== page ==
Connected, smart devices are integral to digital health solutions; they provide the ability to gather data that is analyzed for information and action. Devices are smart when they incorporate sensors and/or actuators—the former to perceive their environment and the latter to affect it. They are connected when they can communicate with a backend computational platform—usually implemented as a wireless link via the Internet to a smart healthcare technology platform.
In some cases, development of smart device devices can use off-the-shelf sensors and actuators. In other cases, the requisite sensors and actuators must be developed. In fact, there is much opportunity for smart healthcare solutions using sensors and actuators that are yet to be developed—particularly for chemical and biological applications. In other words, developing new sensing and actuation capabilities is strategically enabling for digital health.
The electronics portion of smart device development implements the necessary interface to the sensors and/or actuators, including analog-to-digital and digital-to-analog conversion, computation and memory, networking—wireless and/or wired—provisions, and a source of power. To the extent that the device is miniaturized, tradeoffs between data rate, power and wireless range must be considered—which can be particularly challenging for implantable smart medical devices. There is also the electronics cost factor to consider in such smart healthcare solutions. Higher performance components are more expensive. Wireless radio chipsets also vary in cost. Cellular radios are more expensive and require a data plan—an ongoing ownership cost. In contrast, Bluetooth and WiFi radios are cheaper; there is no extra cost for data communication.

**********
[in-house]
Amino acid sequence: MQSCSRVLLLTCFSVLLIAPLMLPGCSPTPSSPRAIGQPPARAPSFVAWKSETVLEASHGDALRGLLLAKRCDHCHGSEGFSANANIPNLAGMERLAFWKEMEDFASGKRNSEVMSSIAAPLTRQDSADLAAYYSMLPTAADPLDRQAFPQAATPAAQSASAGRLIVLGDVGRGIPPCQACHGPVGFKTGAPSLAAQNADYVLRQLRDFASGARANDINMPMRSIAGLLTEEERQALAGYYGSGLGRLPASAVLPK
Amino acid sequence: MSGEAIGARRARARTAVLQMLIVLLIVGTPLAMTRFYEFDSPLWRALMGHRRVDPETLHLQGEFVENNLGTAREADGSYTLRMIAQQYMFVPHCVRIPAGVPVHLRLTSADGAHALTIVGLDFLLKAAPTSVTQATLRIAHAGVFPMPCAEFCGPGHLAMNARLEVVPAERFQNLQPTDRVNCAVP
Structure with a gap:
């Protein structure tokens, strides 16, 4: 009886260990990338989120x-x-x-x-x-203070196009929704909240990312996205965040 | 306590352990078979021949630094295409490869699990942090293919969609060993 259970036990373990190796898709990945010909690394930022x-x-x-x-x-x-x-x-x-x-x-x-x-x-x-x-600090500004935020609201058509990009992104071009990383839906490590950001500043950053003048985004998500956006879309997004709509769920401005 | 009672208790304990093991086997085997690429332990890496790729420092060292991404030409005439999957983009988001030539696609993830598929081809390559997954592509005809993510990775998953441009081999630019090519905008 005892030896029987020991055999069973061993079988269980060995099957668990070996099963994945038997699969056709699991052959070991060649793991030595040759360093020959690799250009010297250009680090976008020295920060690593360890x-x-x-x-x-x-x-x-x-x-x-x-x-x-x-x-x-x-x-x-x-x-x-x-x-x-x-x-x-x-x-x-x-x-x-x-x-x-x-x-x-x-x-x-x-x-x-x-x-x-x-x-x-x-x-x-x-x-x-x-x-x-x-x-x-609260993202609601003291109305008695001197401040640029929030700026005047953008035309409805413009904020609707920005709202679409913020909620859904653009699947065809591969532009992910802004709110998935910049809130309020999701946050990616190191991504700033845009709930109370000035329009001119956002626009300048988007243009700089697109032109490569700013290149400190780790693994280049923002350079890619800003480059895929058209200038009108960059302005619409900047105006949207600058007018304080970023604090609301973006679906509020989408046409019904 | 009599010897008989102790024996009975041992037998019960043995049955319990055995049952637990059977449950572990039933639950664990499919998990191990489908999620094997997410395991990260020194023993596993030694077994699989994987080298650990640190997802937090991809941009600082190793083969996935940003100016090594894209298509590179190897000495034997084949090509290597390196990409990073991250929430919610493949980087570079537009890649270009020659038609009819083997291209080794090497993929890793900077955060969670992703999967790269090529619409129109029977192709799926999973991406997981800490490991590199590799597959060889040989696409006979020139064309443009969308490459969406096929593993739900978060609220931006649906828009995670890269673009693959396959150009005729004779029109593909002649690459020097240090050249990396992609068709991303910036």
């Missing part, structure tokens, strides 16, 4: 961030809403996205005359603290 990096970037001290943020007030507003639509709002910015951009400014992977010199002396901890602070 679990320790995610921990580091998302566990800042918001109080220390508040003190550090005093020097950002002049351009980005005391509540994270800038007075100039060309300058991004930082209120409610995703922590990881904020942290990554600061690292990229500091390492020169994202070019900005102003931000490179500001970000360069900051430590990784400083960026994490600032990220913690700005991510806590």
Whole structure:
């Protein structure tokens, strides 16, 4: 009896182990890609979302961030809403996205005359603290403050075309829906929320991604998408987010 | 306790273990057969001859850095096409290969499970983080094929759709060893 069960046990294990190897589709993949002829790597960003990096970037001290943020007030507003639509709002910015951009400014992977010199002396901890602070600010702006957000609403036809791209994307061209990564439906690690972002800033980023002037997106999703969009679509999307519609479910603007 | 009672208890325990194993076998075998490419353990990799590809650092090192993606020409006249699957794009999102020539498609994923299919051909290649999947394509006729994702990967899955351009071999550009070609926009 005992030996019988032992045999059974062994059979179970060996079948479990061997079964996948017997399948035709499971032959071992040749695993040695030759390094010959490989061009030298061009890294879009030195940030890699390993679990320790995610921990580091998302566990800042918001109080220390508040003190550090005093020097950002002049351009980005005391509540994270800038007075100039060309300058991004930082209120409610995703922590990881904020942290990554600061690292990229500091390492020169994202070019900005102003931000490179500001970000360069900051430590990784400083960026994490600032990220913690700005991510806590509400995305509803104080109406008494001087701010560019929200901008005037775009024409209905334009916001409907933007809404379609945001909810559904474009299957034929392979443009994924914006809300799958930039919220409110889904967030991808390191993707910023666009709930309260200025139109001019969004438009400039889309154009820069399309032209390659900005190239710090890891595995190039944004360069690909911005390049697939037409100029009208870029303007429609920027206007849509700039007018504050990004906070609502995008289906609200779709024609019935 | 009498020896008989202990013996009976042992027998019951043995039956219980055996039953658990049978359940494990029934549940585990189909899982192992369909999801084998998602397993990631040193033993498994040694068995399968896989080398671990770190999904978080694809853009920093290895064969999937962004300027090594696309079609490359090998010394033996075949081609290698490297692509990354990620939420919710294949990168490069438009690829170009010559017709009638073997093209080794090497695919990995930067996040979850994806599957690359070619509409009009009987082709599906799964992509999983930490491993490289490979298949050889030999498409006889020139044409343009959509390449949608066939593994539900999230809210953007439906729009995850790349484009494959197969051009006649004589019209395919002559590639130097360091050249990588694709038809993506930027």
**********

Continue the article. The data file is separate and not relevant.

A key challenge with devices incorporating MEMS (Micro-Electro-Mechanical Systems) technology is packaging, i.e., how to allow the sensors and actuators to interface with the physical world while protecting them from elements of the physical world detrimental to them. This requirement affects the industrial design of the smart device, which also must consider user experience/human factors. In this light, it is clear why so many smart healthcare solutions rely on physical and optical sensors. These sensors can be packaged to overcome the foregoing dichotomy. On the other hand, packaging of chemical and biological sensors is much more challenging.
Smart device development projects usually fall into two categories, i.e., smart medical devices or consumer health devices. The former requires regulatory certification, i.e., FDA (Food and Drug Administration) approval in the U.S. The latter does not make a medical claim and is not subject to FDA approval, though other certifications for safety and security may still apply.